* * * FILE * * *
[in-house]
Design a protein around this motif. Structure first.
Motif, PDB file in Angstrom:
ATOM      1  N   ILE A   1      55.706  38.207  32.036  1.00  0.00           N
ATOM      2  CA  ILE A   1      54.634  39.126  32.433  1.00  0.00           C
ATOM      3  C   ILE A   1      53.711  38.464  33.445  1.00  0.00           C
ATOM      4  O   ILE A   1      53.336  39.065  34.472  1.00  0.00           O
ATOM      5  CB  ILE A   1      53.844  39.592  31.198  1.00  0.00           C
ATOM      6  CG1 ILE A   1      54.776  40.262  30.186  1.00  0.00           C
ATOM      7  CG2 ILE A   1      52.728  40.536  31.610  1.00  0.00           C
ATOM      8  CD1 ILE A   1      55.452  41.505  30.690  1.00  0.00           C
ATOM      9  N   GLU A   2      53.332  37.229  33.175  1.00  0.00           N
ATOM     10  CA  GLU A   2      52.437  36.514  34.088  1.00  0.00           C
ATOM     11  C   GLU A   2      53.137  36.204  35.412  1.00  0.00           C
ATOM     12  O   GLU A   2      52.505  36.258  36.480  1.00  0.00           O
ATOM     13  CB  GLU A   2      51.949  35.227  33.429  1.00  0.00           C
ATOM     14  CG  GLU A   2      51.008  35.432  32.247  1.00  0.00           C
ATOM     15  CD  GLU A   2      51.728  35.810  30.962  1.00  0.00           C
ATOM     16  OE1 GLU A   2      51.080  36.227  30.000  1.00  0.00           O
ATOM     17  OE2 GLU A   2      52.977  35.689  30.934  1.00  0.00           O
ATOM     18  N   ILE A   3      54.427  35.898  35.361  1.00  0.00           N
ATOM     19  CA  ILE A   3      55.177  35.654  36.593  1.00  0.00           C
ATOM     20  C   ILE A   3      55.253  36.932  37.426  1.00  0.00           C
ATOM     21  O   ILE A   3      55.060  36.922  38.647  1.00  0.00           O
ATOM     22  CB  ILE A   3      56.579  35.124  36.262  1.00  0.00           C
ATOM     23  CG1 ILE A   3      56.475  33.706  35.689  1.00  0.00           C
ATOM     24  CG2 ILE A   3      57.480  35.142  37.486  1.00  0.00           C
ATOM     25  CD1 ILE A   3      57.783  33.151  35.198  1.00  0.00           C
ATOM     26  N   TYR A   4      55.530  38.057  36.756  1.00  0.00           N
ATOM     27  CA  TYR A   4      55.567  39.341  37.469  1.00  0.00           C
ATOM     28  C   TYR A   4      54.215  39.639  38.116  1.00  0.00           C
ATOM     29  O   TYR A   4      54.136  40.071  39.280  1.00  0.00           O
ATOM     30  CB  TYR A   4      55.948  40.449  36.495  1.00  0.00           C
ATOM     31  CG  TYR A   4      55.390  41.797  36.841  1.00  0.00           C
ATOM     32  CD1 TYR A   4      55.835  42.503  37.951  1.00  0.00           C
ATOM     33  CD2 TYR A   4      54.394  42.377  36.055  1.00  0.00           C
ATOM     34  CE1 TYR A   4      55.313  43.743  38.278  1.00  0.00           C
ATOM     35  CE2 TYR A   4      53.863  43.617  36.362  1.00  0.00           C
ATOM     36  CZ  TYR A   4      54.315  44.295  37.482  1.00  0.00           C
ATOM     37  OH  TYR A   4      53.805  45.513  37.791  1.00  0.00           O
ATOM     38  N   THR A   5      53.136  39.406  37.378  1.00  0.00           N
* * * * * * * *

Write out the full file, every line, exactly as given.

[in-house]
Design a protein around this motif. Structure first.
Motif, PDB file in Angstrom:
ATOM      1  N   ILE A   1      55.706  38.207  32.036  1.00  0.00           N
ATOM      2  CA  ILE A   1      54.634  39.126  32.433  1.00  0.00           C
ATOM      3  C   ILE A   1      53.711  38.464  33.445  1.00  0.00           C
ATOM      4  O   ILE A   1      53.336  39.065  34.472  1.00  0.00           O
ATOM      5  CB  ILE A   1      53.844  39.592  31.198  1.00  0.00           C
ATOM      6  CG1 ILE A   1      54.776  40.262  30.186  1.00  0.00           C
ATOM      7  CG2 ILE A   1      52.728  40.536  31.610  1.00  0.00           C
ATOM      8  CD1 ILE A   1      55.452  41.505  30.690  1.00  0.00           C
ATOM      9  N   GLU A   2      53.332  37.229  33.175  1.00  0.00           N
ATOM     10  CA  GLU A   2      52.437  36.514  34.088  1.00  0.00           C
ATOM     11  C   GLU A   2      53.137  36.204  35.412  1.00  0.00           C
ATOM     12  O   GLU A   2      52.505  36.258  36.480  1.00  0.00           O
ATOM     13  CB  GLU A   2      51.949  35.227  33.429  1.00  0.00           C
ATOM     14  CG  GLU A   2      51.008  35.432  32.247  1.00  0.00           C
ATOM     15  CD  GLU A   2      51.728  35.810  30.962  1.00  0.00           C
ATOM     16  OE1 GLU A   2      51.080  36.227  30.000  1.00  0.00           O
ATOM     17  OE2 GLU A   2      52.977  35.689  30.934  1.00  0.00           O
ATOM     18  N   ILE A   3      54.427  35.898  35.361  1.00  0.00           N
ATOM     19  CA  ILE A   3      55.177  35.654  36.593  1.00  0.00           C
ATOM     20  C   ILE A   3      55.253  36.932  37.426  1.00  0.00           C
ATOM     21  O   ILE A   3      55.060  36.922  38.647  1.00  0.00           O
ATOM     22  CB  ILE A   3      56.579  35.124  36.262  1.00  0.00           C
ATOM     23  CG1 ILE A   3      56.475  33.706  35.689  1.00  0.00           C
ATOM     24  CG2 ILE A   3      57.480  35.142  37.486  1.00  0.00           C
ATOM     25  CD1 ILE A   3      57.783  33.151  35.198  1.00  0.00           C
ATOM     26  N   TYR A   4      55.530  38.057  36.756  1.00  0.00           N
ATOM     27  CA  TYR A   4      55.567  39.341  37.469  1.00  0.00           C
ATOM     28  C   TYR A   4      54.215  39.639  38.116  1.00  0.00           C
ATOM     29  O   TYR A   4      54.136  40.071  39.280  1.00  0.00           O
ATOM     30  CB  TYR A   4      55.948  40.449  36.495  1.00  0.00           C
ATOM     31  CG  TYR A   4      55.390  41.797  36.841  1.00  0.00           C
ATOM     32  CD1 TYR A   4      55.835  42.503  37.951  1.00  0.00           C
ATOM     33  CD2 TYR A   4      54.394  42.377  36.055  1.00  0.00           C
ATOM     34  CE1 TYR A   4      55.313  43.743  38.278  1.00  0.00           C
ATOM     35  CE2 TYR A   4      53.863  43.617  36.362  1.00  0.00           C
ATOM     36  CZ  TYR A   4      54.315  44.295  37.482  1.00  0.00           C
ATOM     37  OH  TYR A   4      53.805  45.513  37.791  1.00  0.00           O
ATOM     38  N   THR A   5      53.136  39.406  37.378  1.00  0.00           N